Two incidents came to light this week that prove no matter how much nature can devastate, government can always make things much worse.
I wrote a while back about a wildfire in Arizona that took the life of a friend of mine, as well as a friend of my sweetheart’s. Most of us would like to think that, now that the Yarnell Fire has been snuffed out, the tragedy should have ended.
Oh, if only that were true. Unfortunately, bureaucracy has reared its ugly head and made victims of Arizona residents all over again.
Let’s start with the widow of Andrew Ashcraft, Todd’s friend who was one of 19 firefighters who perished in the Yarnell Fire. Her husband worked full-time and year-round for the city of Prescott, but because the city leaders considered Andrew, at least on paper, to be a “seasonal” employee, the city has denied Juliann Ashcraft’s request for death benefits.
What kind of twisted game is the city playing with its employees? If someone works full-time hours and does so for all 12 months of the year, save for vacations naturally, then in what parallel universe is that considered seasonal?
Apparently, this is the case for 13 of the Granite Mountain Hotshots, the wildfire combat team that Andrew belonged to. That means a lot of other widows, many with children who will grow up without fathers, are getting as sharp a punch in the gut as they did the day they received the official word that their husbands would not be coming home.
Read the following comment from Prescott’s public affairs manager, Pete Wertheim, in The Daily Courier, and you’ll see what I mean:
“It’s hard as a city for us to be accused of maliciously or intentionally doing something to withdraw or deny a benefit under the worst circumstance. It would be the lowest human being on the planet who would look at a situation like this and take up some sort of a punitive approach that is being suggested of the city. We take a great offense to it.”
Oh. Really? It’s not punitive to work someone full-time the whole year but label him in his work file like he was a summer intern? I take offense to that logic, and there are quite a few others who think so.
Here’s a statement in a story in The Arizona Republic from David Turbyfill, the father of Travis Turbyfill, another of the Hotshots who perished:
“I think in this case, morally, whether they have legal standing to deny claims or not, I think morally they just should. This is such a huge tragedy. … And so, I think that they have probably a bigger obligation than they might otherwise have.”
Thankfully, the widows and orphans are getting more than $300,000 in a lump sum from the federal government. Also, one of Prescott’s representatives in the Arizona Legislature is working on a bill that would provide additional state benefits to the families.
That’s what the city should be doing. Instead of telling Juliann Ashcraft “Tough luck,” the city should be stepping up and showing it really cares about the people instead of viewing itself as a gigantic cash vampire that likes to suck its citizens dry and then leave them to rot.
However, leaders with the city of Prescott are not the only villains in this tragedy worthy of William Shakespeare. Later last week, the federal government took its opportunity to victimize the people of Yarnell by denying the state’s request for funding from the Federal Emergency Management Agency.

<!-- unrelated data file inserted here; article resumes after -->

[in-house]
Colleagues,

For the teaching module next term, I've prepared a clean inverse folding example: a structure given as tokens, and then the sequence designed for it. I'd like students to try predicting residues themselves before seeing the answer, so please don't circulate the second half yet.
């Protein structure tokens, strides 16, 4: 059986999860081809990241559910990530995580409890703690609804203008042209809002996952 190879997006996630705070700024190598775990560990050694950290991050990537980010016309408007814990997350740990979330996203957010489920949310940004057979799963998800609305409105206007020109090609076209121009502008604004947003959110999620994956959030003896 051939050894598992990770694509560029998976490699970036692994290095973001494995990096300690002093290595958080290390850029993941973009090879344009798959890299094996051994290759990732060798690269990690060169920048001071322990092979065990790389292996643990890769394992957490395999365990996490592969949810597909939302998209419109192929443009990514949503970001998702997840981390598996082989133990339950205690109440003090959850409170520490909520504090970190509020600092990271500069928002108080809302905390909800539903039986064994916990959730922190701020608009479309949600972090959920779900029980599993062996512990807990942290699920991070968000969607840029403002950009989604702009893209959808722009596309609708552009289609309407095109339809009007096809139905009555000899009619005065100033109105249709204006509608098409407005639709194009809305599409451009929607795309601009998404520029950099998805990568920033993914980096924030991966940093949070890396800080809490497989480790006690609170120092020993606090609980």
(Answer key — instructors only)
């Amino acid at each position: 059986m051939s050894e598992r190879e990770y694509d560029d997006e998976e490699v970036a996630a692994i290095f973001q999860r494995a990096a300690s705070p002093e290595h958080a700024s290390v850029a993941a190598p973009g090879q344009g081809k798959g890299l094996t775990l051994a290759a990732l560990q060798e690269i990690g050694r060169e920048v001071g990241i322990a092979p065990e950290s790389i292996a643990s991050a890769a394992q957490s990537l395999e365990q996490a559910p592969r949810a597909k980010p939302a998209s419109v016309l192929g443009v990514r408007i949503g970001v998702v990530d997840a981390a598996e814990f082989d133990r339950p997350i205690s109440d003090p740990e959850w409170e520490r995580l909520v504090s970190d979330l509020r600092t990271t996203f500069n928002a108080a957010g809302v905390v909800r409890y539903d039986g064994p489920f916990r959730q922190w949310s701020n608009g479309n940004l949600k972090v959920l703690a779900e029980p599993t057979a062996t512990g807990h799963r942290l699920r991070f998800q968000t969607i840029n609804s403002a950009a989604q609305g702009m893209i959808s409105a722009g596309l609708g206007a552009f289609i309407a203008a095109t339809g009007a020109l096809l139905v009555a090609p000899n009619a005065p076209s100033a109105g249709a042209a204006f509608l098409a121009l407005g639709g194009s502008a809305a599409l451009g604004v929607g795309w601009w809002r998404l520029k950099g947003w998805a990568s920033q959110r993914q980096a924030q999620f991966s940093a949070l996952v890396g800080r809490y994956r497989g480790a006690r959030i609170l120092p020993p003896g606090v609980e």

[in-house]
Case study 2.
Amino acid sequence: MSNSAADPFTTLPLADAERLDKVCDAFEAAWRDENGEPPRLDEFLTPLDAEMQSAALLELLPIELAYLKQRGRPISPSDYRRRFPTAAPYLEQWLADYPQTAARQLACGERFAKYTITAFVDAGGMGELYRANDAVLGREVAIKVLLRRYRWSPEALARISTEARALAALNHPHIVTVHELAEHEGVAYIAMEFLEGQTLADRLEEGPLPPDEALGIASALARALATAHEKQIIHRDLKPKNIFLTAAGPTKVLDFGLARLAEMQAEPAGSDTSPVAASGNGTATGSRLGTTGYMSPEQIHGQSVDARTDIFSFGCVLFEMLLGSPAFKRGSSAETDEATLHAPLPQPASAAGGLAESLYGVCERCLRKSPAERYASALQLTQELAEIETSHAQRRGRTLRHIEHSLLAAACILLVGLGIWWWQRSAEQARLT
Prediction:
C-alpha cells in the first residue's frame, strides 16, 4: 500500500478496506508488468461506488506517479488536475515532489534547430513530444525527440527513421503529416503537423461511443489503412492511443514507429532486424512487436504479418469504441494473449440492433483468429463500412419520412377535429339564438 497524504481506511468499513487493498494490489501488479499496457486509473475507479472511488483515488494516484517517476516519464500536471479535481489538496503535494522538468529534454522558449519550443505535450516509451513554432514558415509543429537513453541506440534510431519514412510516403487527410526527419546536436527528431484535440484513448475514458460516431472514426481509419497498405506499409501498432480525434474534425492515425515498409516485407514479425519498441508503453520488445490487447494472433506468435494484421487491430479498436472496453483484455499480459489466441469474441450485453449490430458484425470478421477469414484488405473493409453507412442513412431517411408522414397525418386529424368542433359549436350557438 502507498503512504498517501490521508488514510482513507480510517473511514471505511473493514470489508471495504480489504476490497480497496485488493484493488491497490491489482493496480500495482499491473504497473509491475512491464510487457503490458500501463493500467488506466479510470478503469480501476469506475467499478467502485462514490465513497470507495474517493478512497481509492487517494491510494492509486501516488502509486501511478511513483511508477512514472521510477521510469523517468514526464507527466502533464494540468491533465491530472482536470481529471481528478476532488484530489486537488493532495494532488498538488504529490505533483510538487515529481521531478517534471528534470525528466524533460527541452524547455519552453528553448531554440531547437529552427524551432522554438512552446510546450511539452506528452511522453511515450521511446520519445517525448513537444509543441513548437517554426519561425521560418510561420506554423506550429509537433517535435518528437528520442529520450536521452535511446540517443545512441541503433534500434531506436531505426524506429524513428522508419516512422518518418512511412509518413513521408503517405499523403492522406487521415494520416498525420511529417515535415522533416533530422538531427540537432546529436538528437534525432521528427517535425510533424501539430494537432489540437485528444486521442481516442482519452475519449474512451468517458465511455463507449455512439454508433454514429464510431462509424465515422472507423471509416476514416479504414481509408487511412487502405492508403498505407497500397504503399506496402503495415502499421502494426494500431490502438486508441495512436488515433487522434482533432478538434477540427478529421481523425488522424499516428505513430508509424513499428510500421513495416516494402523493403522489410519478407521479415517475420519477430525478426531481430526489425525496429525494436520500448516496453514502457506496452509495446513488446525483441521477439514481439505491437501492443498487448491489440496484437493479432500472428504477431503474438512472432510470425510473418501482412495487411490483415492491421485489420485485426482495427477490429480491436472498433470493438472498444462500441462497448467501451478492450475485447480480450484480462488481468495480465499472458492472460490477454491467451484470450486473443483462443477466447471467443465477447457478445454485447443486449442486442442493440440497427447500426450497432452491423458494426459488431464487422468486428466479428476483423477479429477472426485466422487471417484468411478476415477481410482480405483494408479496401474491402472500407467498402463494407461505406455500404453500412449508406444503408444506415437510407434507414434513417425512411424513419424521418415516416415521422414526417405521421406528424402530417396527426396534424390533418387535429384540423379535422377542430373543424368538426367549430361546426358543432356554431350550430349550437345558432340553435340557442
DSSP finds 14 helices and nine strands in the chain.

Here’s an excerpt from the letter FEMA sent to the state:
“…it has been determined that the damage on uninsured private residences from this event was not of such severity and magnitude as to be beyond the capabilities of the state, affected local governments and volunteer agencies. Therefore, I must inform you that your request for a major disaster declaration is denied.”
So what is it that keeps Yarnell from being a major disaster area? Was the body count not high enough? Was it because Yarnell was a small town, and by that logic, disaster funds should only apply if the fire wipes out Phoenix or Tucson?
It puts me ill at ease because I live in a rural area in Wisconsin, and I’m thinking of the small villages nearby that could be wiped out as easily as Yarnell. Today, I went through the village of Gresham, which has less than 600 people. There are about 1,000 people in Wittenberg, which has those murals I’ve gushed about before.
It sickens me that President Barack Obama is so eager to create universal health care, but an agency that handles emergencies and tragedies cherry picks what awful things deserve additional aid.
Here’s a statement from Arizona Gov. Jan Brewer on FEMA’s decision:
“The state of Arizona continues to mourn this tragedy, which took the lives of 19 of our bravest first responders. While no amount of federal assistance could ever ease the pain of such an extraordinary loss, it would have provided significant financial relief to Yarnell and Peeples Valley. Local residents are under enough emotional stress as they work to pick up the pieces and put their communities back together. Wondering how or if they will recover their losses should be the last of their worries.”
Indeed. Sadly, we seem to live in a world today where we have to hope and pray that private citizens will find it in their hearts to give to those in need, because public officials would rather take those sad people and grind their faces even further in the dirt. It’s disgusting, and it epitomizes what is wrong with government today.
I think President Ronald Reagan had it right when he said that the most terrifying words in the English language were “I’m from the government, and I’m here to help.”